Like MTV Movies Blog editor Adam Rosenberg, I too am a fan of "Mission: Impossible III," and I'm happy to hear that series star Tom Cruise and "III" director J.J. Abrams will reunite for a fourth outing with Ethan Hunt and the IMF gang.
What really catches my interest is the latest news from The Hollywood Reporter, which confirms TV Guide's earlier scoop of Abrams and Cruise's return to the franchise. It's not the confirmation that has my spider-sense tingling but the insinuation that Cruise might no longer be the face of the "Mission: Impossible" franchise. Citing an unnamed executive source, the THR story mentions that he might hand the reigns over to a younger actor, or even to an ensemble.
It's hard to imagine that Tom Cruise would step into the producer role and leave his acting shoes back home. It certainly is not out of the realm of possibility that the actor, now 46, could ask for a minimized role in the "Impossible" series. Could Ethan Hunt be heading for a desk job -- as he had tried to do in the third film -- leaving the door open for a new agent to take his place on the field?
For the moment, let's imagine that Cruise is indeed passing the torch. Who would be best suited to replace him? Surely, a Ving Rhames-headlining "Mission: Impossible IV" seems out of the question in attracting a mainstream audience. He's great, but he's not exactly one of Hollywood's go-to leading men. I would certainly see a midnight showing of a Rhames-led "M:I" movie, no question! But are there other characters from the series that could take the lead?
It's easy to forget that Jonathan Rhys Meyers had a bit role to play in "M:I III" as Declan Gormley, a member of the newly assembled IMF squad. The actor's star is on the rise thanks to his celebrated performance as Henry VIII on "The Tudors," a Showtime series that chronicles the history of Henry's rule over England. Meyers is only 32 years old and he has pre-established history within the "Impossible" franchise. Those factors, along with the cheaper paycheck he would draw as compared to an actor of Tom Cruise's caliber, mean you could have the perfect and in many ways ready-made replacement for Ethan Hunt.
Still, I wonder if elevating Declan's character would feel forced, and if it's best to just keep him as part of the ensemble. In either case, that's one thing I hope remains consistent between "III" and "IV" -- say what you will about Cruise, but there's no denying Abrams' ability to manage an ensemble. He did it perfectly during his tenure on "Alias" and "Lost," then proved himself again with both "M:I III" and "Star Trek."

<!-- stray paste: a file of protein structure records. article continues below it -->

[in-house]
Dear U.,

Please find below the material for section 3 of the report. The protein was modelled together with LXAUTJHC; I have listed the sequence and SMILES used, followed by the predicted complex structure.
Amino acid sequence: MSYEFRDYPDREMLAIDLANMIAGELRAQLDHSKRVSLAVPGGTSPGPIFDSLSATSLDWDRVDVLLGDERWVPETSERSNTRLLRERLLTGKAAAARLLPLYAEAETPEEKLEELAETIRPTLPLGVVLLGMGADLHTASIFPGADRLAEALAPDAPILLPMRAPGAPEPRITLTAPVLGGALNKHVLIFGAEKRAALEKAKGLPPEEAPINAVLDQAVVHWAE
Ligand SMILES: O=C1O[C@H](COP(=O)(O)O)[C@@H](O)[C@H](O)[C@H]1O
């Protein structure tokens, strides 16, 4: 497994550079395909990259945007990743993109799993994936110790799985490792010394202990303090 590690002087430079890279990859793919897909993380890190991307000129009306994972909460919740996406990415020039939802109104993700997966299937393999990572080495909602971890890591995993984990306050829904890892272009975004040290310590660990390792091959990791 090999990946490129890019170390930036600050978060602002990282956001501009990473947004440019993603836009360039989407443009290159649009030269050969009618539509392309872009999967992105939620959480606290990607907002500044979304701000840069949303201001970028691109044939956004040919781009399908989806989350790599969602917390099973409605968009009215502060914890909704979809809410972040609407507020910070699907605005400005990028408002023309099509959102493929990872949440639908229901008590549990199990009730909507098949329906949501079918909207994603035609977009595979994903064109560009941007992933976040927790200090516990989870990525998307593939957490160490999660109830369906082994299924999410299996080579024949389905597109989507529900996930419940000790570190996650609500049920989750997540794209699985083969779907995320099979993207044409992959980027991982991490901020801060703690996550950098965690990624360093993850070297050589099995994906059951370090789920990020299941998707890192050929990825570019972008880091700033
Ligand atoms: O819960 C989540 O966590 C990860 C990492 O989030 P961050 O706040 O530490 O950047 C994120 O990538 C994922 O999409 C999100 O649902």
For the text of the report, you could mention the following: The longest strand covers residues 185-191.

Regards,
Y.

Maybe the best route then would be to keep Meyers and the rest of the last movie's ensemble -- including Simon Pegg, Laurence Fishburne and the aforementioned Rhames -- in place. In that scenario, would the film be better served as a pure ensemble piece or as a star vehicle for a newcomer?
There are plenty of rising stars in Hollywood that could take over Cruise's leading man status. Abrams has a knack for pulling young actors up by their bootstraps and shooting them to stardom -- just look at Chris Pine and Chris Hemsworth. There are several other actors on the small screen that he could give a similar boost to, such as "Lost"'s Josh Holloway, "True Blood's" Alexander Skarsgård and former "Alias" actor-turned "Heroes" villain David Anders. Heck, even Meyers' "Tudors" co-star Henry Cavill could fit the bill.
Of course, there are literally hundreds of established movie stars that Cruise could pass the baton to, from "Bourne" star Matt Damon to "Terminator: Salvation" breakout Sam Worthington to the multi-faceted Sam Rockwell to... well... whoever. The pool of A-List and B-List candidates is truly endless.
Maybe the most obvious possibility is that THR's speculation won't pan out, and that Tom Cruise will be back in a leading man capacity. As the trade itself notes, both Harrison Ford and Bruce Willis pulled off extraordinary box office numbers with fourth installments in the "Indiana Jones" and "Die Hard" franchises, respectively -- and they both have several years on Cruise.
Still, it's worth wondering how the "Mission: Impossible" series should proceed with its fourth installment. Should Cruise and Abrams be looking towards tomorrow, bringing in a fresh face to represent several new films to come? Or does Cruise still have it in him for at least one more "Impossible" mission?
The real question, as always, is...
...what do YOU think?